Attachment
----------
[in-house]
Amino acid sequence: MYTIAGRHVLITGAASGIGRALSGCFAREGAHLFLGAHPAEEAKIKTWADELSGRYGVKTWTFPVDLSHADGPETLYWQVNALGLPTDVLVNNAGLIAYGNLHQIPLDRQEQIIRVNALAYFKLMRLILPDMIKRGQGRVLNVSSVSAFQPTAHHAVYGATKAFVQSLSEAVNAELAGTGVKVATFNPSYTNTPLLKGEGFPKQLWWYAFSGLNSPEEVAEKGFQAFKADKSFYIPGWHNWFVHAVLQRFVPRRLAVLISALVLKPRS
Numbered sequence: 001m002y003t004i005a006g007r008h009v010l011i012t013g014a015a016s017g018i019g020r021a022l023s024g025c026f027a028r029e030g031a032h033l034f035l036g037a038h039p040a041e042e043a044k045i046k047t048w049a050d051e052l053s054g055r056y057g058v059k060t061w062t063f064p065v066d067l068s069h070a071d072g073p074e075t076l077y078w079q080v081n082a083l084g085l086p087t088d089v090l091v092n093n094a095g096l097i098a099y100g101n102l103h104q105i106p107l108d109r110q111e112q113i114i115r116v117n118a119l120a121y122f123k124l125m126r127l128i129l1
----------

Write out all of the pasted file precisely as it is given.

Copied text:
[in-house]
Amino acid sequence: MYTIAGRHVLITGAASGIGRALSGCFAREGAHLFLGAHPAEEAKIKTWADELSGRYGVKTWTFPVDLSHADGPETLYWQVNALGLPTDVLVNNAGLIAYGNLHQIPLDRQEQIIRVNALAYFKLMRLILPDMIKRGQGRVLNVSSVSAFQPTAHHAVYGATKAFVQSLSEAVNAELAGTGVKVATFNPSYTNTPLLKGEGFPKQLWWYAFSGLNSPEEVAEKGFQAFKADKSFYIPGWHNWFVHAVLQRFVPRRLAVLISALVLKPRS
Numbered sequence: 001m002y003t004i005a006g007r008h009v010l011i012t013g014a015a016s017g018i019g020r021a022l023s024g025c026f027a028r029e030g031a032h033l034f035l036g037a038h039p040a041e042e043a044k045i046k047t048w049a050d051e052l053s054g055r056y057g058v059k060t061w062t063f064p065v066d067l068s069h070a071d072g073p074e075t076l077y078w079q080v081n082a083l084g085l086p087t088d089v090l091v092n093n094a095g096l097i098a099y100g101n102l103h104q105i106p107l108d109r110q111e112q113i114i115r116v117n118a119l120a121y122f123k124l125m126r127l128i129l1